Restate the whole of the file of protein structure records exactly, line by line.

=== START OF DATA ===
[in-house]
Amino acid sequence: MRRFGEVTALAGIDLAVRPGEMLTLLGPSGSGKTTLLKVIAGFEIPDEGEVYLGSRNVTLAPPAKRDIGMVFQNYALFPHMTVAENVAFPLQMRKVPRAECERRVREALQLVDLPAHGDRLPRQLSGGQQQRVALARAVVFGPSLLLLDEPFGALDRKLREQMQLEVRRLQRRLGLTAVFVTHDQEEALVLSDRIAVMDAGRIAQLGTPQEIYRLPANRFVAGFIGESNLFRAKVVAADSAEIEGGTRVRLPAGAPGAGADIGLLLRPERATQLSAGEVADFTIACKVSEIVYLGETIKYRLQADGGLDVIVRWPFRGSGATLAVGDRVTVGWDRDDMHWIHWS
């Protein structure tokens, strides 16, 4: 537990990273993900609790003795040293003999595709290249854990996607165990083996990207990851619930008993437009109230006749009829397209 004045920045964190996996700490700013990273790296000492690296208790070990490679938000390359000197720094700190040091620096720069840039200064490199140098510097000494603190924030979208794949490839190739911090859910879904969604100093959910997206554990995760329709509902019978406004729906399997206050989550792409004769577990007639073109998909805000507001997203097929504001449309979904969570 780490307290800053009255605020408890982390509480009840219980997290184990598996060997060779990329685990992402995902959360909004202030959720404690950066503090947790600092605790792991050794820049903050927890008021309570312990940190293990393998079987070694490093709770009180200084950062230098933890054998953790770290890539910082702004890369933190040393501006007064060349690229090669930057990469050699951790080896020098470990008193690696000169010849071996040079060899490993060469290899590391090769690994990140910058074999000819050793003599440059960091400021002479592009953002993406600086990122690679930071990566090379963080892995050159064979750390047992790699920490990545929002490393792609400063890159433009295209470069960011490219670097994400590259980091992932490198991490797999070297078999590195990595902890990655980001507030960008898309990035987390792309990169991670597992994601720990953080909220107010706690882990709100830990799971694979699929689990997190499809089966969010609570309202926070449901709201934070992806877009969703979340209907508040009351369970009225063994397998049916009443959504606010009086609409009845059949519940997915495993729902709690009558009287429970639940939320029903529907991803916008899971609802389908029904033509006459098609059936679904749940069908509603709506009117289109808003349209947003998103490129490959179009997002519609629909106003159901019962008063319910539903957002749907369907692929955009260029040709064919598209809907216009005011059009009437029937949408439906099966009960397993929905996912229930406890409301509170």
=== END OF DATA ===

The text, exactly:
[in-house]
Amino acid sequence: MRRFGEVTALAGIDLAVRPGEMLTLLGPSGSGKTTLLKVIAGFEIPDEGEVYLGSRNVTLAPPAKRDIGMVFQNYALFPHMTVAENVAFPLQMRKVPRAECERRVREALQLVDLPAHGDRLPRQLSGGQQQRVALARAVVFGPSLLLLDEPFGALDRKLREQMQLEVRRLQRRLGLTAVFVTHDQEEALVLSDRIAVMDAGRIAQLGTPQEIYRLPANRFVAGFIGESNLFRAKVVAADSAEIEGGTRVRLPAGAPGAGADIGLLLRPERATQLSAGEVADFTIACKVSEIVYLGETIKYRLQADGGLDVIVRWPFRGSGATLAVGDRVTVGWDRDDMHWIHWS
């Protein structure tokens, strides 16, 4: 537990990273993900609790003795040293003999595709290249854990996607165990083996990207990851619930008993437009109230006749009829397209 004045920045964190996996700490700013990273790296000492690296208790070990490679938000390359000197720094700190040091620096720069840039200064490199140098510097000494603190924030979208794949490839190739911090859910879904969604100093959910997206554990995760329709509902019978406004729906399997206050989550792409004769577990007639073109998909805000507001997203097929504001449309979904969570 780490307290800053009255605020408890982390509480009840219980997290184990598996060997060779990329685990992402995902959360909004202030959720404690950066503090947790600092605790792991050794820049903050927890008021309570312990940190293990393998079987070694490093709770009180200084950062230098933890054998953790770290890539910082702004890369933190040393501006007064060349690229090669930057990469050699951790080896020098470990008193690696000169010849071996040079060899490993060469290899590391090769690994990140910058074999000819050793003599440059960091400021002479592009953002993406600086990122690679930071990566090379963080892995050159064979750390047992790699920490990545929002490393792609400063890159433009295209470069960011490219670097994400590259980091992932490198991490797999070297078999590195990595902890990655980001507030960008898309990035987390792309990169991670597992994601720990953080909220107010706690882990709100830990799971694979699929689990997190499809089966969010609570309202926070449901709201934070992806877009969703979340209907508040009351369970009225063994397998049916009443959504606010009086609409009845059949519940997915495993729902709690009558009287429970639940939320029903529907991803916008899971609802389908029904033509006459098609059936679904749940069908509603709506009117289109808003349209947003998103490129490959179009997002519609629909106003159901019962008063319910539903957002749907369907692929955009260029040709064919598209809907216009005011059009009437029937949408439906099966009960397993929905996912229930406890409301509170």